I accidential damaged third party property while on location for work; should I be covered by work?

As working as a promotion street team member for a radio station, a listen allowed me to sit on their motorbike (as part of our mandate to interact with the crowd). Half a minute later, The bike fell over as had not be propped back ‘fully’. The owner was there when I dismounted, but didn’t check the bike was secure- though, I honestly thought I had propped it correctly. Should I be covered by the Radio Stations Insurance – as I was only there for work and ‘on the clock’ – the listen would not have allowed me on the bike if I had not been part of the radio team interacting.

Asked on May 23, 2009 under Employment Labor Law, Alaska


J.V., Member, New Jersey Bar / FreeAdvice Contributing Attorney

Answered 11 years ago | Contributor

my short answer would be that if you were working and at the time of the incident you were as you say on the clock and doing as the job required i.e. interacting with the crowd you will probably be covered by the companies insurance.

If the individual does pursue this matter you will be best served by hiring an attorney. I would assume they will proceed against the deepest pockets which is the station but if you are named individually your attorney will probably bring the station is as a second party defendant to the case.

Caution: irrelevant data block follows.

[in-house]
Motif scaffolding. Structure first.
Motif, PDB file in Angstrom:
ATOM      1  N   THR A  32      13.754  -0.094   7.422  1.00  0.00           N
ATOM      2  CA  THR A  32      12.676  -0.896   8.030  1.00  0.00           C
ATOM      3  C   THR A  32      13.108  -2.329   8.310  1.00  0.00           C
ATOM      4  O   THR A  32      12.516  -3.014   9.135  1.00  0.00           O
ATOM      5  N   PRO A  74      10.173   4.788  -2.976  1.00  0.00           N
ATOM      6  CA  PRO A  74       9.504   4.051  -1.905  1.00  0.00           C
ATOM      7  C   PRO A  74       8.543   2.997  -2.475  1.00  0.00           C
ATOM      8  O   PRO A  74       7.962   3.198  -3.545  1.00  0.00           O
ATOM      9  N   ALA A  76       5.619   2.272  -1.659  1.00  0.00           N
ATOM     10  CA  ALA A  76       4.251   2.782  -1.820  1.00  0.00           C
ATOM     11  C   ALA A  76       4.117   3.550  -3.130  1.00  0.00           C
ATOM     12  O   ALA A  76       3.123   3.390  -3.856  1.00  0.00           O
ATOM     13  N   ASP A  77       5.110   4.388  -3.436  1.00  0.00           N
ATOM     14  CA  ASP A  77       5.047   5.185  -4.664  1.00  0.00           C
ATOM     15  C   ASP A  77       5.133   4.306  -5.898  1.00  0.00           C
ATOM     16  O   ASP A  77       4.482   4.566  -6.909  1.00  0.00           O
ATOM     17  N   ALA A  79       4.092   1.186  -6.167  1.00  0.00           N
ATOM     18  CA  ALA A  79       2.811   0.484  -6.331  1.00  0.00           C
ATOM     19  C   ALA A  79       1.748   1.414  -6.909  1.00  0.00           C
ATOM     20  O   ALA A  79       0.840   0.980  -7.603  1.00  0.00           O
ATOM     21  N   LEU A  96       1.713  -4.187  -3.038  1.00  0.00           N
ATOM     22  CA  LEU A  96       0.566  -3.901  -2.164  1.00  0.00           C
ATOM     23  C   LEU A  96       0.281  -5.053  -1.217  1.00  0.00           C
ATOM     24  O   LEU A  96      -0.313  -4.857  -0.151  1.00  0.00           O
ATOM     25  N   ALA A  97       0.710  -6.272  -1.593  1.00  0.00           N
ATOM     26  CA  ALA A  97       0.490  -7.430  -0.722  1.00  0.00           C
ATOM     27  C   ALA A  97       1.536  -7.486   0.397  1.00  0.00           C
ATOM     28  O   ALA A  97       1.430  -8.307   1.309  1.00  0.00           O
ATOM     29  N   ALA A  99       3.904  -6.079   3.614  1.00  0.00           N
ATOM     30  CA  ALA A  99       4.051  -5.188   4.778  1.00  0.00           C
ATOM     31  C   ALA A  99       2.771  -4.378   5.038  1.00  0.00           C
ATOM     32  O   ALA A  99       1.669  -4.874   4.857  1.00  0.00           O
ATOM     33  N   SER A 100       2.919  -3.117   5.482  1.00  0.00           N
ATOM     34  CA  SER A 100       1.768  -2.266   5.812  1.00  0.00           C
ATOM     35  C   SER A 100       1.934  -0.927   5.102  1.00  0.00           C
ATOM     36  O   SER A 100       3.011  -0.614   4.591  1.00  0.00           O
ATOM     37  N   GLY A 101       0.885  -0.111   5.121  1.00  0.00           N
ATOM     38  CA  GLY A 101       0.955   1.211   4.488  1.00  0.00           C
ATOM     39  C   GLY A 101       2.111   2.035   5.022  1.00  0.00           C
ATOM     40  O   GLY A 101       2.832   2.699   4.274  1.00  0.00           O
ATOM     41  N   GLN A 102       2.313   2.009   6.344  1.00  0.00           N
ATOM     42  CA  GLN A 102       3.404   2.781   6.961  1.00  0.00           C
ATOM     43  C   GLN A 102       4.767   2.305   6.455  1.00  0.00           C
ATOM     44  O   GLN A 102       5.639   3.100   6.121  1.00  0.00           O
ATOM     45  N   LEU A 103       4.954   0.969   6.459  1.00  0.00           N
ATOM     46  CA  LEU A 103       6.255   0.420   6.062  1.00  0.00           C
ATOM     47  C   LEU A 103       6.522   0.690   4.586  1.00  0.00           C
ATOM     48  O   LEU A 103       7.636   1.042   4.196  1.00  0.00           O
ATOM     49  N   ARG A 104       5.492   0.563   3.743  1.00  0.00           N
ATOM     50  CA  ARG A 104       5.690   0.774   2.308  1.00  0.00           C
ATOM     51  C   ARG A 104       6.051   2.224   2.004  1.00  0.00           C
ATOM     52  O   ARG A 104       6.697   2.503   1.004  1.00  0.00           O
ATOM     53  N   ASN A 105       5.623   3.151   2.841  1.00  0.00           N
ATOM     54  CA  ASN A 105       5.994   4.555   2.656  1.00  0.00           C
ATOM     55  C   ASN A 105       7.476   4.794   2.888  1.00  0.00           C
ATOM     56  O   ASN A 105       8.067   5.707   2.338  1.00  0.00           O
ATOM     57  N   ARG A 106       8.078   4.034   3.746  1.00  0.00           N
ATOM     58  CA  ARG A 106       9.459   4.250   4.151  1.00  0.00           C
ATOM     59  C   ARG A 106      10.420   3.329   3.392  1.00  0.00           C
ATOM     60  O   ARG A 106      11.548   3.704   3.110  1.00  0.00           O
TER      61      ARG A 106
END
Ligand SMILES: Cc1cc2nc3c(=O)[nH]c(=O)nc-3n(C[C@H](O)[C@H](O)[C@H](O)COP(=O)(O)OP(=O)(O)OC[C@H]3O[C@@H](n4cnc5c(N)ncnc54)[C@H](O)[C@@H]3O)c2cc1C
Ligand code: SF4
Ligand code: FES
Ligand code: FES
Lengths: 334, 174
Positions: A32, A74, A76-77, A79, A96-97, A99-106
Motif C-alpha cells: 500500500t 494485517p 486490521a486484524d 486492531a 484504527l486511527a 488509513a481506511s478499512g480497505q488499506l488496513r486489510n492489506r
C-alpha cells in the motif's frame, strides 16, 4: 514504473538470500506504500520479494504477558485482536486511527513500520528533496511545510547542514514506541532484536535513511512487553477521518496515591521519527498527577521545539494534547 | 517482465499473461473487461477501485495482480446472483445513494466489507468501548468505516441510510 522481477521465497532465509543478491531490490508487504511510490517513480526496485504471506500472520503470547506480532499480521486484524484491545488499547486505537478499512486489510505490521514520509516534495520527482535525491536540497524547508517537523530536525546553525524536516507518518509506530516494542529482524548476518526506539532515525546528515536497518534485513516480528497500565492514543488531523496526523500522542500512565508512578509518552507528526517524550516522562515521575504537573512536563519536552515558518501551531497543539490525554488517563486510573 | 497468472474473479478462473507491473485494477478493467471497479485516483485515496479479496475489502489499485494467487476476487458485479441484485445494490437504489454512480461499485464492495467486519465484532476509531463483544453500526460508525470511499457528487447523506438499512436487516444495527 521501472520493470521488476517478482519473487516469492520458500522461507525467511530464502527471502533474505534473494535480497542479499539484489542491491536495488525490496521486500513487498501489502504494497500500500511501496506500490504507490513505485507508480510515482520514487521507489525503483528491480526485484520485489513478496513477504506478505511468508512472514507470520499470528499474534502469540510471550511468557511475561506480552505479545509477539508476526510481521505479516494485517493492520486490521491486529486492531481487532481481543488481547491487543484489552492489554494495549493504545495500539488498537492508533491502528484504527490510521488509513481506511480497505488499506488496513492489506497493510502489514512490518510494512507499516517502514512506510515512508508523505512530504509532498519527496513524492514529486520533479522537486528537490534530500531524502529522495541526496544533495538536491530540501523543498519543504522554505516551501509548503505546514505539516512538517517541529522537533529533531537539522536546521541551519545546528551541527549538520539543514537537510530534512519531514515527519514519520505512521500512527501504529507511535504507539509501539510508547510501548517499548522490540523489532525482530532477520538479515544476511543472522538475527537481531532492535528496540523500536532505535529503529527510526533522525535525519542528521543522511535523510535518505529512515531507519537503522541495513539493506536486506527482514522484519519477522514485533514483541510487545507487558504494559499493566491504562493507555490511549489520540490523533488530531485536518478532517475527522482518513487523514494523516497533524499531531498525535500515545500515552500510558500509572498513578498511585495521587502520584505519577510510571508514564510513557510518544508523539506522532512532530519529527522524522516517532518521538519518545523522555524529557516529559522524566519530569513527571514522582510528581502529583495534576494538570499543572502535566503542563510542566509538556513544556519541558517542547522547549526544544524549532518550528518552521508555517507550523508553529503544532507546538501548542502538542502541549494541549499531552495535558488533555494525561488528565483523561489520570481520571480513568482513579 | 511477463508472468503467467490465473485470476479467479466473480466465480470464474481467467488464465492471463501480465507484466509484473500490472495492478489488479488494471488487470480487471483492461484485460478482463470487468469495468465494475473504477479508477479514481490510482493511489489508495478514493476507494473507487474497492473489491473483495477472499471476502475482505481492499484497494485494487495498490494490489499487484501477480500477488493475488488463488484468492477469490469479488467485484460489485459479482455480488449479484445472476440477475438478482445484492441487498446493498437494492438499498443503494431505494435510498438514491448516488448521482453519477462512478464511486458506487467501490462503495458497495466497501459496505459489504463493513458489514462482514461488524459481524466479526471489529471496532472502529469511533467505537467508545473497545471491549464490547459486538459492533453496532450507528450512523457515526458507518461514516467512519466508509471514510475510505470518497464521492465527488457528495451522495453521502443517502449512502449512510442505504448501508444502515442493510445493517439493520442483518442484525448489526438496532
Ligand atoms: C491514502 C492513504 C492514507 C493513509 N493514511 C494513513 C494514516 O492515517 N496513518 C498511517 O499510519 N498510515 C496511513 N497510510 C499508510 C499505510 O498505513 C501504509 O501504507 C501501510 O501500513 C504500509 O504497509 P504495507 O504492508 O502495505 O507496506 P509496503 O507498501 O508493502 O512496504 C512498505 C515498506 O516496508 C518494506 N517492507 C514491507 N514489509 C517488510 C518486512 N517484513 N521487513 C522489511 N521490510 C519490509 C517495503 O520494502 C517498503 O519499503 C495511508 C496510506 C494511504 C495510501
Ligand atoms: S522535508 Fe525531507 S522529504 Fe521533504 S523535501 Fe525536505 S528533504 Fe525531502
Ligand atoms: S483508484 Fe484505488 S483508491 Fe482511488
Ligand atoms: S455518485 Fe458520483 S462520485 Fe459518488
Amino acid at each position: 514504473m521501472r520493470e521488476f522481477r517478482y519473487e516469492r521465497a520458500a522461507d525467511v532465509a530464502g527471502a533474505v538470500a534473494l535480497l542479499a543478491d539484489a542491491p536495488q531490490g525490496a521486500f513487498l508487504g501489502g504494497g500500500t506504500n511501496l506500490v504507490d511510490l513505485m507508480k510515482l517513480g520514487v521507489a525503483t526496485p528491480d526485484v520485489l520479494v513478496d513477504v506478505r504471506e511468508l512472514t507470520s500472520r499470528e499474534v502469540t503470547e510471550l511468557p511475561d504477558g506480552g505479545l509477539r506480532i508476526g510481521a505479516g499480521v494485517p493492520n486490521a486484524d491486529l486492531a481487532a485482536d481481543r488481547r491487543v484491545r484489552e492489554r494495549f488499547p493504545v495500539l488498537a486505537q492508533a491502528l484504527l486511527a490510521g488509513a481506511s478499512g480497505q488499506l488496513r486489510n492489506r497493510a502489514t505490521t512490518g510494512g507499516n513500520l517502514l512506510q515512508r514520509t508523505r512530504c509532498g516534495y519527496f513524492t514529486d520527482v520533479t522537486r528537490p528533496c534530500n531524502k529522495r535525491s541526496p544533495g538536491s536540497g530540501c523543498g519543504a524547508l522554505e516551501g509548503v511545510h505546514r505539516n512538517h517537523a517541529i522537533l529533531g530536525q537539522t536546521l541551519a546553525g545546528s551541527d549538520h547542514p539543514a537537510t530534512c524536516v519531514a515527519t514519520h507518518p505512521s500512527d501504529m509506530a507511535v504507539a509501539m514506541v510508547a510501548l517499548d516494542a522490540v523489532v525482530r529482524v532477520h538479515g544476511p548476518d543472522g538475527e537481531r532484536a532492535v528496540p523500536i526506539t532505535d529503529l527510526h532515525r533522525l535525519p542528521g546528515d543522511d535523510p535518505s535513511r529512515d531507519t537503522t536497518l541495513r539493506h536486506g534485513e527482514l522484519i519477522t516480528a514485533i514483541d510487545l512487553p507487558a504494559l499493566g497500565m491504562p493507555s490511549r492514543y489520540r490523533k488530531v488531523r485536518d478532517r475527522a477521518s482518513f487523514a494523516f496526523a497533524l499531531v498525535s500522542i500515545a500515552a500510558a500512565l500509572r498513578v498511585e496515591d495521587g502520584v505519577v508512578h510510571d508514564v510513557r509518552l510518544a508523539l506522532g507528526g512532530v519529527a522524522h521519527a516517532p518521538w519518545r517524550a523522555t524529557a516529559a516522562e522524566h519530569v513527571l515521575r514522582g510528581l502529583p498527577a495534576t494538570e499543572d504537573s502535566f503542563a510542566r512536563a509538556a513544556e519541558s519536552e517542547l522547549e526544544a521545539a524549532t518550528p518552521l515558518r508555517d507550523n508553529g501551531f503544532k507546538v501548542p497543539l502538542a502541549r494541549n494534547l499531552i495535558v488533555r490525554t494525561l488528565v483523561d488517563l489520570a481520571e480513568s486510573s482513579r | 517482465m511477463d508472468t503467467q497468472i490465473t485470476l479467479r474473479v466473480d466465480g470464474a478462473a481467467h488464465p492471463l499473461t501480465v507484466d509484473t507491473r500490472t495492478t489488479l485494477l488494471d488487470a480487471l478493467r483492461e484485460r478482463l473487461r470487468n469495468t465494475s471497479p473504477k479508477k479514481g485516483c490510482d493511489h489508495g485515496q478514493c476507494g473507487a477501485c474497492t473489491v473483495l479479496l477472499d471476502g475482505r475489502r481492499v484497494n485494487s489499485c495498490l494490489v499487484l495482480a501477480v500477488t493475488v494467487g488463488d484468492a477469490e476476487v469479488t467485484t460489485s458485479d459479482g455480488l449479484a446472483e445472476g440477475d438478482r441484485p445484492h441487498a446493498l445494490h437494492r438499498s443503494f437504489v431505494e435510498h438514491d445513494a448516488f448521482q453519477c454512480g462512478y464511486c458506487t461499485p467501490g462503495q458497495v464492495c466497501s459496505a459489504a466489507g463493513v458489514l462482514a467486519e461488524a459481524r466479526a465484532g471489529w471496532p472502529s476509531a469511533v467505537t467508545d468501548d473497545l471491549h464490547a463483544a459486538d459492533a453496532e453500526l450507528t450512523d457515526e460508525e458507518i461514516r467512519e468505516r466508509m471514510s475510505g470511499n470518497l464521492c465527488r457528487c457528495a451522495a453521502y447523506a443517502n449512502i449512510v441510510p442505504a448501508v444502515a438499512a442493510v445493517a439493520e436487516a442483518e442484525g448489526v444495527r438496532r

What you should do is speak to the companies legal department for advice. Than you can either speak to an attorney of your own to prepare in case or wait to see what ends up happening. You may not even be a named party but as I said if you are simply speak to the station and find yourself an attorney who deals with this type of law. They will know exactly how to proceed and get you the best result

IMPORTANT NOTICE: The Answer(s) provided above are for general information only. The attorney providing the answer was not serving as the attorney for the person submitting the question or in any attorney-client relationship with such person. Laws may vary from state to state, and sometimes change. Tiny variations in the facts, or a fact not set forth in a question, often can change a legal outcome or an attorney's conclusion. Although AttorneyPages.com has verified the attorney was admitted to practice law in at least one jurisdiction, he or she may not be authorized to practice law in the jurisdiction referred to in the question, nor is he or she necessarily experienced in the area of the law involved. Unlike the information in the Answer(s) above, upon which you should NOT rely, for personal advice you can rely upon we suggest you retain an attorney to represent you.